“Just a minute!” I holler toward the tiny fists that are pounding on my bedroom door. This is the standard morning scene: I’ve been awake for nearly two hours and, after getting my kids fed and ready for the day, I’ve finally barricaded myself in my bedroom long enough to put on a bra and host an inner debate about how many days it’s been since I washed my hair.
I sift through a pile of bobby pins and loose change in my jewelry tray until my fingers close around my wedding rings. I start with the wedding band, a plain white gold ring with thirteen small diamonds dotting the band in a half circle; then I stack the princess cut engagement ring above it. They stop without making it past my knuckle, as they have been all week.
I’m twenty-five weeks pregnant with my third child, and this is my least favorite pregnancy side effect. I’ll spend the next four months with swollen fingers that leave no room for my wedding rings. I know I get off easy—no morning sickness to contend with or serious pregnancy complications to face—but I still feel a little mournful about the rings. They’re easily the most beautiful thing I own, and wearing them on a daily basis pulls to the forefront memories that might otherwise slip away.
When I put them each morning, I’m twenty-one again, being proposed to on a dorm room futon in the living room of my college apartment. We were surrounded by plain, grayish beige walls I wasn’t allowed to mar with so much as a 3M hook, and my feet rested on the edge of a blueberry pie stain set into the gritty carpet. There wasn’t a hint of elaborate romantic planning, not a single candle or rose petal, but I couldn’t care less because there in front of me was my future husband, holding up my ring.
After dinner each night, when I slip both sets of diamonds off my finger and set them on the window ledge before plunging my hands into the dishwater, I think of everything that’s happened in this kitchen. We’ve swayed in front of the window with dinner simmering behind us; we’ve screamed at each other in front of the fridge and apologized by the stove; we’ve put silverware in its place while debating major life decisions; we’ve sat on the steps near the pantry with our heads on each others’ shoulders, sighing after a long day at work.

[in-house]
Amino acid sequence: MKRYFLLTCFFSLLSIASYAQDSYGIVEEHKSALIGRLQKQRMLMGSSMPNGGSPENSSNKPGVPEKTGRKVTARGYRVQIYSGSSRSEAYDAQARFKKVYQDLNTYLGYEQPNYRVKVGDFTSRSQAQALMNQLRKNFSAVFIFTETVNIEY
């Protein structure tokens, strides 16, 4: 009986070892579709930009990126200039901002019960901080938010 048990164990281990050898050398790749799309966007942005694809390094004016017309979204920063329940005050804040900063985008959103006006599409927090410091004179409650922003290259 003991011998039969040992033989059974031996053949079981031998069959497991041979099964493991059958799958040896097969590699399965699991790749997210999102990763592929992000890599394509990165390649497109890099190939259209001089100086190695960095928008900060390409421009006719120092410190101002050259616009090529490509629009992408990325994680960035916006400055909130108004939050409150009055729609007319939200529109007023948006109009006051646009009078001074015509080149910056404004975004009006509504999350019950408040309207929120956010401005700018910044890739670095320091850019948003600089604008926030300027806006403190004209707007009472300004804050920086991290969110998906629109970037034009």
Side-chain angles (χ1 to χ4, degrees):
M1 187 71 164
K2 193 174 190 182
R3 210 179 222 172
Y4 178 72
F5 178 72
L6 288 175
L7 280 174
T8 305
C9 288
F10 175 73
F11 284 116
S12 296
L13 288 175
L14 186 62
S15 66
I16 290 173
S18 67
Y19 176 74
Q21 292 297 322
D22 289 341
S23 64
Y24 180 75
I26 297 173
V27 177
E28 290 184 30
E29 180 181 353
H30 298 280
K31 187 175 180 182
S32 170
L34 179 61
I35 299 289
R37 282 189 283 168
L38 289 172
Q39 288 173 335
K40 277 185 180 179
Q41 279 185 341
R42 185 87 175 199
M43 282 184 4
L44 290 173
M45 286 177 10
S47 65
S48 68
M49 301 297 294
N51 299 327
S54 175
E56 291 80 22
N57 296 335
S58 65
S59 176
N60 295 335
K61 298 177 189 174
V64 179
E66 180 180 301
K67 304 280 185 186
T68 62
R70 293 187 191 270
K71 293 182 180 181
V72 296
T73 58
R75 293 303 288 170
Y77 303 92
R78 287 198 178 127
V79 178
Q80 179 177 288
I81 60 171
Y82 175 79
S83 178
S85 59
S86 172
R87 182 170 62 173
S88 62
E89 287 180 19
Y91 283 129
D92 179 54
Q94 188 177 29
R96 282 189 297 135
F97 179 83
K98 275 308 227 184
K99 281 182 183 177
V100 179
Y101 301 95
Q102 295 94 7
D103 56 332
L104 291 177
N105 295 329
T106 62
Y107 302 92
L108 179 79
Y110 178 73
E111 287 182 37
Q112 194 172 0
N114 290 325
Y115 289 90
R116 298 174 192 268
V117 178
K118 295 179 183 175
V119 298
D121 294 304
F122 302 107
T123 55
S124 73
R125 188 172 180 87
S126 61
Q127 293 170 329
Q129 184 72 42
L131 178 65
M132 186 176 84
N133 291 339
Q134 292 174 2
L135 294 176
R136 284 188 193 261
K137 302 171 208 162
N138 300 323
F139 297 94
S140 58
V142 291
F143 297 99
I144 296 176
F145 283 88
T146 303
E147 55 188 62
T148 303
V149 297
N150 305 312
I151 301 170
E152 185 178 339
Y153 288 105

Now, the same week as our sixth anniversary, I have to admit to myself that it’s time to put my rings back in their box until spring, when we’ll have another baby to hold and my fingers will, hopefully, shrink back to their original size. I set the rings back in the tray with a clink and make a mental note to find their box later.
The pounding on the door has gotten louder and is now accompanied by occasional screams, but I ignore the chaos for a few seconds longer, scanning the jewelry tray until I find another ring.
This one has a thin silver band, topped by an oval sapphire that’s surrounded by a halo of diamonds. The gems in this piece aren’t real. We bought it for less than 100 euros in a tiny town on Lake Como in Italy. It was one of the most expensive souvenirs we could afford on the European vacation we’d scrimped to go on before we had kids.
We had raced through the shop, past antique end tables and hand-carved chess pieces, trying to see everything before we missed the last boat of the evening that would take us back to our hotel on the other side of the lake. The deep blue sapphire of the ring caught my eye, and I bought it without ever trying it on.
The sapphire ring never fit quite right: too big for my fourth finger, just small enough to be uncomfortable on my third. It sat on my dresser, a fond but useless memory of our travels, until two months later when I got pregnant with our oldest daughter. Soon enough, my fingers swelled, and the Italy ring fit perfectly. Now with this pregnancy, I’ll wear it again and be visited by a different set of memories.
I’ll fiddle with the lightweight band, twirling it around and around in my jacket pocket while I tell the kids, “Don’t climb too high!” and “Let’s give someone else a turn on the swings.” I’m absentminded, no longer at the park down the street but at a swing set we stumbled across in the Swiss Alps, where my husband and I laughed like schoolkids as we took a break from hiking.
I’ll catch a glint of light off the faux sapphire in a stream of sink water while I wash vegetables, and suddenly I’m a new mom again, remembering what it was like to cook dinner while bouncing the screaming baby strapped to my chest. Did she need to eat? Was it a dirty diaper? When was the last time either of us slept?
It will all flood back to me at once, opposing memories of awe at seeing the world as barely more than newlyweds, and awe at meeting our firstborn baby and realizing we didn’t know what we were doing at all.
I open the bedroom door to the preschooler and toddler who come barreling in. We still don’t know what we’re doing, of course, not about any of it. But we do know some things, I think, as I watch the two tiny girls now jumping on our bed. We know that we walk side by side with a hand to hold through every moment of doubt or uncertainty, and we know every second will be worth it.
Words by Ashley Brooks.